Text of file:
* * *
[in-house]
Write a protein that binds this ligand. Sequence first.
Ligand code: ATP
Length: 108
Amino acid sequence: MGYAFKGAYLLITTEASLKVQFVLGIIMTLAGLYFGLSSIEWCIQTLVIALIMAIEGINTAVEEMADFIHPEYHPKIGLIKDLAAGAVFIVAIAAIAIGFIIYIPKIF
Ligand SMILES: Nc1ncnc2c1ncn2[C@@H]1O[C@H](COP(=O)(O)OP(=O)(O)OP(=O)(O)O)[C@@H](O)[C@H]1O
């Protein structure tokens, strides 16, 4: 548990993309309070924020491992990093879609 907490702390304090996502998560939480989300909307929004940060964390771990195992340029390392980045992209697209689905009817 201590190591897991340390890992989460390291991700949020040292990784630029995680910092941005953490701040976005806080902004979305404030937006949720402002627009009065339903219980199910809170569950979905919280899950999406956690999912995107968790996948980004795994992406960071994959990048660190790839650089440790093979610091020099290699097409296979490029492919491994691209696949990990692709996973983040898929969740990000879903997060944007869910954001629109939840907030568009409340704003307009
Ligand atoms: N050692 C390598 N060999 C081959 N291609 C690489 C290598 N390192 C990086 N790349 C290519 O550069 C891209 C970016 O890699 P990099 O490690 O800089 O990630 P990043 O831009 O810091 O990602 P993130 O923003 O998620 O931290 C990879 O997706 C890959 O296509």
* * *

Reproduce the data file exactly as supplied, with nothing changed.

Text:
[in-house]
Write a protein that binds this ligand. Sequence first.
Ligand code: ATP
Length: 108
Amino acid sequence: MGYAFKGAYLLITTEASLKVQFVLGIIMTLAGLYFGLSSIEWCIQTLVIALIMAIEGINTAVEEMADFIHPEYHPKIGLIKDLAAGAVFIVAIAAIAIGFIIYIPKIF
Ligand SMILES: Nc1ncnc2c1ncn2[C@@H]1O[C@H](COP(=O)(O)OP(=O)(O)OP(=O)(O)O)[C@@H](O)[C@H]1O
């Protein structure tokens, strides 16, 4: 548990993309309070924020491992990093879609 907490702390304090996502998560939480989300909307929004940060964390771990195992340029390392980045992209697209689905009817 201590190591897991340390890992989460390291991700949020040292990784630029995680910092941005953490701040976005806080902004979305404030937006949720402002627009009065339903219980199910809170569950979905919280899950999406956690999912995107968790996948980004795994992406960071994959990048660190790839650089440790093979610091020099290699097409296979490029492919491994691209696949990990692709996973983040898929969740990000879903997060944007869910954001629109939840907030568009409340704003307009
Ligand atoms: N050692 C390598 N060999 C081959 N291609 C690489 C290598 N390192 C990086 N790349 C290519 O550069 C891209 C970016 O890699 P990099 O490690 O800089 O990630 P990043 O831009 O810091 O990602 P993130 O923003 O998620 O931290 C990879 O997706 C890959 O296509």